The two mining giants behind the proposed Pebble Mine – Anglo American and Rio Tinto – are holding their annual shareholder meetings this year on Thursday, April 19, in London. As in past years, we will be there to testify in support of the residents of the Bristol Bay region who overwhelmingly oppose the project – Alaska Natives, commercial fishermen, recreational fishermen, hunters, businesses, conservationists, and many others.
Yesterday, when I arrived in London, the first thing I did was to pick up for delivery at the shareholder meetings on Thursday almost 400,000 new petitions of opposition sent by NRDC members and activists and others to the leadership at Anglo American and Rio Tinto. It’s a formidable representation of the widespread global opposition that the Pebble Mine project is generating – increasing steadily as public awareness of the project grows. With this latest group, the number of opposition petitions generated so far since our campaign against the project began over two years ago is nearing 1,000,000 – an astonishing number that we expect to exceed this month – and counting.
Yesterday, NRDC also ran a full-page ad in the New York Times, focusing on the broken promises of Anglo American and Rio Tinto – promises that they will only proceed with the Pebble Mine with the support of the people who live in the region. Poll after poll has shown consistent and overwhelming opposition in the Bristol Bay region – in the range of 80 percent. Last Fall, the residents of the Lake and Peninsula Borough approved a “Save Our Salmon” initiative that would effectively bar the project. But the mining companies have shown no sign of going away. (They’ve even challenged the Lake and Peninsula Borough initiative in court.) As today’s ad says, “what part of ‘NO’ don’t they understand?” And “it’s time to take NO for an answer.”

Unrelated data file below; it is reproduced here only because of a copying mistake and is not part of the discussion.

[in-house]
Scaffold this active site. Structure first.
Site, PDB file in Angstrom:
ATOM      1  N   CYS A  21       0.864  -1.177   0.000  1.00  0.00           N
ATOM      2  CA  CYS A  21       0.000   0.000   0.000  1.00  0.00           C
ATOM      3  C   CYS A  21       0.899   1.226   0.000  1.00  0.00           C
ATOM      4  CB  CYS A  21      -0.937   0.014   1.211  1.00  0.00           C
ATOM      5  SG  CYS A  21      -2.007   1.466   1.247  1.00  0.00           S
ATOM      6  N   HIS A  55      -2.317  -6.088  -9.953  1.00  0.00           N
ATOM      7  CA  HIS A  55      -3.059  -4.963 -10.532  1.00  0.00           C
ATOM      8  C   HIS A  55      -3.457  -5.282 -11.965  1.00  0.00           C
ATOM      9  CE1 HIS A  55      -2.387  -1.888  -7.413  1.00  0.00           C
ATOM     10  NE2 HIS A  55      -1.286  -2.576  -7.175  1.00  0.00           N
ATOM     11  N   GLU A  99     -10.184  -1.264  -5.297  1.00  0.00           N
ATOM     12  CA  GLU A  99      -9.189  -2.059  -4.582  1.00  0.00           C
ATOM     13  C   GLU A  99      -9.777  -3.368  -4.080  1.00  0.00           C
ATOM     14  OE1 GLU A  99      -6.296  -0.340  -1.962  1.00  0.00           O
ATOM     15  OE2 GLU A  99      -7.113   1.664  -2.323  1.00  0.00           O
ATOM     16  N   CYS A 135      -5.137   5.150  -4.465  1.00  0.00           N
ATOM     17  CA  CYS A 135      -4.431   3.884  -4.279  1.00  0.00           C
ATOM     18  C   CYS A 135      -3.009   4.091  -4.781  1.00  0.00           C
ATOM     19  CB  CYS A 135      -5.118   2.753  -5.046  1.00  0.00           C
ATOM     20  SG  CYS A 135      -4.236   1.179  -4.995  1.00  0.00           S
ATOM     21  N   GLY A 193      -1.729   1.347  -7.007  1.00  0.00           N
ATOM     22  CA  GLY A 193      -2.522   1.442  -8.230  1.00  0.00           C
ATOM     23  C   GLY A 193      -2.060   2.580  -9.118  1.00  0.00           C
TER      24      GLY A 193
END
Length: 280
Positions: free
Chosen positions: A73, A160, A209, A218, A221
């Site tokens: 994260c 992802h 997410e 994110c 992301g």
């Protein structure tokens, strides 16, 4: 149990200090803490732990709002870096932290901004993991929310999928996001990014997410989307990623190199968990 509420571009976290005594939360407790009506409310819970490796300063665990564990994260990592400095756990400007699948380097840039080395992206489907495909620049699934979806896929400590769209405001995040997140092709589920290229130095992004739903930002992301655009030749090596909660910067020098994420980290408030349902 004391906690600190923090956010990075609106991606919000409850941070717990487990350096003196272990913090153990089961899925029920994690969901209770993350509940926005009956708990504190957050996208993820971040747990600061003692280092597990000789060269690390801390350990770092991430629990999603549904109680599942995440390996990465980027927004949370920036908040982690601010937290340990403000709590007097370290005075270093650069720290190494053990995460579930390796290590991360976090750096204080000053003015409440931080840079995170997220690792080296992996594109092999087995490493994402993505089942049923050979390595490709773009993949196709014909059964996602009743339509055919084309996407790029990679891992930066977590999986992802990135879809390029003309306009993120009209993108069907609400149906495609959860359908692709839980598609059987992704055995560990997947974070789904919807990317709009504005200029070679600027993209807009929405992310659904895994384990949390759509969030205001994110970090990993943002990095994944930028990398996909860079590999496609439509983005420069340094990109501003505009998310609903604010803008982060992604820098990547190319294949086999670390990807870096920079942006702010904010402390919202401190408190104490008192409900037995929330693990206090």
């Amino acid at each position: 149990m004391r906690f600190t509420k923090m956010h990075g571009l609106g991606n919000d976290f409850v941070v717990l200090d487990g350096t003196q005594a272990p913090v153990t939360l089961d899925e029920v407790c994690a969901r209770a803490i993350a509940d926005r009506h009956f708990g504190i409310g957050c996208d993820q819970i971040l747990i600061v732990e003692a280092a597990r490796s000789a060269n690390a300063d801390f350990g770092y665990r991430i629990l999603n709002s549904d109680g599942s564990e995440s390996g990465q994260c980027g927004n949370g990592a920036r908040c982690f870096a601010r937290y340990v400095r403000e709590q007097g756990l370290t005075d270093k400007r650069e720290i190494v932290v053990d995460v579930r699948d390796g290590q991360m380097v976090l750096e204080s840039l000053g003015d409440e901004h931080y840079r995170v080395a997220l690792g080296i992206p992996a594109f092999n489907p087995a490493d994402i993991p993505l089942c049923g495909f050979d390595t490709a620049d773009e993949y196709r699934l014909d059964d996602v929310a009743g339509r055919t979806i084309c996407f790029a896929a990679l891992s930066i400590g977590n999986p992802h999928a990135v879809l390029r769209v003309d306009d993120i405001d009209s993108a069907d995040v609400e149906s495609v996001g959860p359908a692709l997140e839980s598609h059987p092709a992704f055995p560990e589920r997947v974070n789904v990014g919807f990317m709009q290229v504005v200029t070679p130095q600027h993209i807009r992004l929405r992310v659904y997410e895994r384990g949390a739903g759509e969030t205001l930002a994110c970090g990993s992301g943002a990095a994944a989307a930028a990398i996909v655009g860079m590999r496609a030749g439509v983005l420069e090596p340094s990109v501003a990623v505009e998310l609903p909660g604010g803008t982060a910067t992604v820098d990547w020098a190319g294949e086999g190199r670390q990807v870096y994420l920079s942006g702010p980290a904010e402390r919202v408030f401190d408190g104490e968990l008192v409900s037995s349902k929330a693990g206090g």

The fact is that, since we last met with management at Anglo American and Rio Tinto, the weight of public sentiment, scientific evidence, and legal argument has only continued to mount against the Pebble Mine. Take, for example, the blog post today from Robin Hayes, a Bristol Bay fishing enthusiast, former Republican Congressman from North Carolina and current Chairman of the North Carolina Republican Party. Or earlier this month, noted conservationist Robert Redford narrated an online video turning up the heat on Anglo American and Rio Tinto.
Our message is simple: this is a project whose promise is only environmental and economic disaster. The interests of all concerned – the region’s residents, the people of Alaska, the people of the United States and the world, the wildlife of Bristol Bay, and even the mining companies themselves – dictate that it must be abandoned.
It’s time to stop the Pebble Mine. Take action now.